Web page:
I became a ‘mother’ at the age of 25 and boy what a shock that was. I felt I was prepared for the arrival of my son, after all I’d had 9 months of knowing he was to arrive.
But I soon realised that I was not quite as ready and prepared for what was to come. As far as births go it was pretty textbook and all done in a matter of 6 hours from the first trickling of the waters breaking. Weighing in at 4lb 5oz my little bundle was soon taken off to the special care unit for some extra support as his size, although only two weeks early, was due to the failure of the placenta working.
From this point of giving birth I then assumed that I had adopted the ‘role’ of a mother. It is here that I shelved me, and life became all about my new baby. I buried a lot of feelings of inner unrest about my mothering skills that I was having at the time and tried to ignore the tension that was building in my relationship.
Looking back I now see that post-natal depression had taken a hold but I chose to accept feeling a bit miserable was to be my norm and told myself that I had to get on with taking care of my child and strive to be the ‘perfect mother’, even though I was not quite sure what that looked like, and from where I was standing it felt pretty darn uncomfortable.
As the years passed it was very much a scenario of head down and get on with it for me. Due to the tension and pressure I felt, I chose not to have more children as I felt I would not cope. Into my 30s and I could not escape the fact that my self worth was on the floor. This was not solely due to my role playing as a mother but many other life factors which culminated in becoming a single parent when my son was 10 years old.
Here I reflected and eventually came to see that I had put all the value of how I felt as a woman and measured it by the success or demise of my son. If he did well at school, I felt I had done well – if he behaved well, I thought I had done well – if he was misbehaving I took this as a failure of mine. This way of being was a huge weight to place on him, for my whole value relied entirely on him, delivering to the world the picture of what I thought was a perfect son, in truth making parenting all about me and how I was seen to have succeeded, and not so much about him and how he was feeling.
Turning It Around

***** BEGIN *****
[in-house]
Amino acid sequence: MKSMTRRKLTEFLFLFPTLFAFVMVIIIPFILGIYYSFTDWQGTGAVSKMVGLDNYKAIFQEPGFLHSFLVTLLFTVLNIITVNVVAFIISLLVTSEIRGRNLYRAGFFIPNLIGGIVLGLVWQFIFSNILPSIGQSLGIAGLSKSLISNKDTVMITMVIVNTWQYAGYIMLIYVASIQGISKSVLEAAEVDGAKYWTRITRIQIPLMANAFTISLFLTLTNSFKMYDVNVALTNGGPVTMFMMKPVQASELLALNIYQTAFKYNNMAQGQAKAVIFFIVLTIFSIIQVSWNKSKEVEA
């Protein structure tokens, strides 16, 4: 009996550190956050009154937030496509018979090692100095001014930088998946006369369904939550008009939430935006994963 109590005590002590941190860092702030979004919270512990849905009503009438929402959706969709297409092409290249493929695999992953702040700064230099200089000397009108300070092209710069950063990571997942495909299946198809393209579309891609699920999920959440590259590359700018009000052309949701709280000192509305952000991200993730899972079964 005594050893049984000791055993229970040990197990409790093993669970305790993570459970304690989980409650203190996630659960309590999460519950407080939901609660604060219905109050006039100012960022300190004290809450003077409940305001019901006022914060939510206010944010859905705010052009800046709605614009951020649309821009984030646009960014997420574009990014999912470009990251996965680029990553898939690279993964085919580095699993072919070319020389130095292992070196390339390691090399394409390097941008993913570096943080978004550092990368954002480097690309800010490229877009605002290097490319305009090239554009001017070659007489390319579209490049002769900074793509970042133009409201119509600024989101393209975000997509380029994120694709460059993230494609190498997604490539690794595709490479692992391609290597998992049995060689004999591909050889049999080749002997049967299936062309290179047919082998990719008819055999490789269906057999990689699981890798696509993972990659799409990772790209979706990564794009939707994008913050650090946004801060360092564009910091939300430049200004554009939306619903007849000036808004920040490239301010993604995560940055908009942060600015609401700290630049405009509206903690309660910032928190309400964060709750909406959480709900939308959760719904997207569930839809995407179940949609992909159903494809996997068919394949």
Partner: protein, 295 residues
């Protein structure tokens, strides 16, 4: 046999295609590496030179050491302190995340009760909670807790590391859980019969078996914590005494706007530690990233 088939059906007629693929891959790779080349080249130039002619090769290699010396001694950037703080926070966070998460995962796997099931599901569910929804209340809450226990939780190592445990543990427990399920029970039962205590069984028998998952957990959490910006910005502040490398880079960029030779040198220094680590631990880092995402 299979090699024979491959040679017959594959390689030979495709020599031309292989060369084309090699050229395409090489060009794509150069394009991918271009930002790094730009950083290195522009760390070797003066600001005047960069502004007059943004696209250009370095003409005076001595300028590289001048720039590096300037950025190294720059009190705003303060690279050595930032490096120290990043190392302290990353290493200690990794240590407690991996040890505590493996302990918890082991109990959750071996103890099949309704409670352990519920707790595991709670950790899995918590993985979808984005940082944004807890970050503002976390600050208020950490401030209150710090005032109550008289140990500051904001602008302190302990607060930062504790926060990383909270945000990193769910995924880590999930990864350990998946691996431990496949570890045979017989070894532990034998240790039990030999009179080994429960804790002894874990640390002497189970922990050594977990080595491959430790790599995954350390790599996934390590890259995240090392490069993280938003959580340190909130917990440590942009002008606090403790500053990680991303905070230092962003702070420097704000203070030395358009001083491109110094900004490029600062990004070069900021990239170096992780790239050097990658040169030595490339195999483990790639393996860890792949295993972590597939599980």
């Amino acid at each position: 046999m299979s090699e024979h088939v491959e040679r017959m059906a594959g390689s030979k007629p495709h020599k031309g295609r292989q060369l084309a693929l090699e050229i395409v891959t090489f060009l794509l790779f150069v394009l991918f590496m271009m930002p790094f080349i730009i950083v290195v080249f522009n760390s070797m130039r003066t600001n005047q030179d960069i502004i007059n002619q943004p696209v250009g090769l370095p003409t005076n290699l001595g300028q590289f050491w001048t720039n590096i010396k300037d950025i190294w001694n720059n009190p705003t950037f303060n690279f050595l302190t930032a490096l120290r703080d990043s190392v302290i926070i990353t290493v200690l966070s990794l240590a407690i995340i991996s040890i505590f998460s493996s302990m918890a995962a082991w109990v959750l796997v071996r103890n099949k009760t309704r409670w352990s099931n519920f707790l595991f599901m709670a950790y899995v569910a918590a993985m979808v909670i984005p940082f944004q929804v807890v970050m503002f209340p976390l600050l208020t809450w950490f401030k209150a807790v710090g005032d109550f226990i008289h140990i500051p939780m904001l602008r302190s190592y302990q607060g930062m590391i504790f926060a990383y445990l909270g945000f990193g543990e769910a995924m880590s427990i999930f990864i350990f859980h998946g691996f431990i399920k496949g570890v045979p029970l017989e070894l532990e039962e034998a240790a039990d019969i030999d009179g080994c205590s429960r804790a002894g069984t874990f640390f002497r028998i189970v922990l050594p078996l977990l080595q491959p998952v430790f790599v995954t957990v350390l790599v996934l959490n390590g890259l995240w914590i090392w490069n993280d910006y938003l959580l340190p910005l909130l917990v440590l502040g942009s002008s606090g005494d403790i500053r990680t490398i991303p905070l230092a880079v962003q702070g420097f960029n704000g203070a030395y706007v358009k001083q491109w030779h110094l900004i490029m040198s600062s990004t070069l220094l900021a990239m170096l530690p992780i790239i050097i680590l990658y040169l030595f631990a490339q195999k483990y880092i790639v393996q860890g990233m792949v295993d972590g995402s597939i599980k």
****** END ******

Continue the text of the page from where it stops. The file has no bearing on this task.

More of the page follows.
But with support I turned this picture upside down and came to appreciate what true mothering was about. It wasn’t about becoming selfish and abandoning responsibility as a parent, but what I did was to look at all the areas where I had become unloving and uncaring with myself and as a consequence with others too. One example was in the way I spoke to my son. We once had a conversation about how unkindly we spoke to one another and realised that we were quite rude and not very caring with each other. We both felt that we could be more caring as we admitted that we would not speak to anyone else in the way we spoke to each other.
In taking more loving care of myself it brought a different quality to the relationship with my son and everyone else too. In being more gentle, loving and caring with myself it was easier to say no to things, situations and behaviours that would disturb the loving care I was now choosing to live.
This became my new marker to build on and not the identification of being a mother or a wife. The bar was set by how I was taking care of myself. This is one thing that is often deemed as a no-no in mothering, as we fall for sacrificing ourselves for our children as the done thing. But what if taking true loving care of ourselves promotes a loving and caring relationship with our children and all others?
My son is now 21 years old and we have an ever-developing loving relationship where we communicate more fully and honestly with each other. There is an ease between us and anything that is not a loving exchange stands out and is openly talked about. In adopting the approach of treating him as an equal with feelings just like me, it opened up a whole new way of communicating. I stopped communicating from an autocratic mothering role and began to speak with understanding, and as a result, we both relaxed into being who we are, people who share a relationship as mother and son, but don’t hold the roles over each other or hide our vulnerability or sensitivity behind them.
We have become two people that lovingly care for each other and enjoy each other’s company.